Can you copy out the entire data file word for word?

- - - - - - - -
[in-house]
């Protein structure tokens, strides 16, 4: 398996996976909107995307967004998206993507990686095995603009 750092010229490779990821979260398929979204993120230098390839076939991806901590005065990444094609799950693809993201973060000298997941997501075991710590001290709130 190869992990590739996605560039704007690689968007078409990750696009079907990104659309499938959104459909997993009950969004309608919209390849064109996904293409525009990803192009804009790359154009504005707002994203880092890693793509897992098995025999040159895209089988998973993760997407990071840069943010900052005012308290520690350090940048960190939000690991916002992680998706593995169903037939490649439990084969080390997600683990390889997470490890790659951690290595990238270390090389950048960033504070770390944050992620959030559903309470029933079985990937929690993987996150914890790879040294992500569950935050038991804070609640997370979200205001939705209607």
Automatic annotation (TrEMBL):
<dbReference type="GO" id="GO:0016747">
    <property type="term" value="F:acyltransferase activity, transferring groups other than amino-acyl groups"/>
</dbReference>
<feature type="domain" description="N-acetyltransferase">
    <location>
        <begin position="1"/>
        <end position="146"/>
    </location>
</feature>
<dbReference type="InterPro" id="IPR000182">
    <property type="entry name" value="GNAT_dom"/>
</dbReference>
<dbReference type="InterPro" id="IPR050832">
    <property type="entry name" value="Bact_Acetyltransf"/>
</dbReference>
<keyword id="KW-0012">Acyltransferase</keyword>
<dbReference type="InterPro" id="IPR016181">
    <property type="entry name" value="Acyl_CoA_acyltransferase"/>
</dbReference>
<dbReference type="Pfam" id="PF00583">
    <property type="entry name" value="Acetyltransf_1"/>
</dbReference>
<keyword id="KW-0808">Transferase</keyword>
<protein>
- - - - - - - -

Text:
[in-house]
């Protein structure tokens, strides 16, 4: 398996996976909107995307967004998206993507990686095995603009 750092010229490779990821979260398929979204993120230098390839076939991806901590005065990444094609799950693809993201973060000298997941997501075991710590001290709130 190869992990590739996605560039704007690689968007078409990750696009079907990104659309499938959104459909997993009950969004309608919209390849064109996904293409525009990803192009804009790359154009504005707002994203880092890693793509897992098995025999040159895209089988998973993760997407990071840069943010900052005012308290520690350090940048960190939000690991916002992680998706593995169903037939490649439990084969080390997600683990390889997470490890790659951690290595990238270390090389950048960033504070770390944050992620959030559903309470029933079985990937929690993987996150914890790879040294992500569950935050038991804070609640997370979200205001939705209607």
Automatic annotation (TrEMBL):
<dbReference type="GO" id="GO:0016747">
    <property type="term" value="F:acyltransferase activity, transferring groups other than amino-acyl groups"/>
</dbReference>
<feature type="domain" description="N-acetyltransferase">
    <location>
        <begin position="1"/>
        <end position="146"/>
    </location>
</feature>
<dbReference type="InterPro" id="IPR000182">
    <property type="entry name" value="GNAT_dom"/>
</dbReference>
<dbReference type="InterPro" id="IPR050832">
    <property type="entry name" value="Bact_Acetyltransf"/>
</dbReference>
<keyword id="KW-0012">Acyltransferase</keyword>
<dbReference type="InterPro" id="IPR016181">
    <property type="entry name" value="Acyl_CoA_acyltransferase"/>
</dbReference>
<dbReference type="Pfam" id="PF00583">
    <property type="entry name" value="Acetyltransf_1"/>
</dbReference>
<keyword id="KW-0808">Transferase</keyword>
<protein>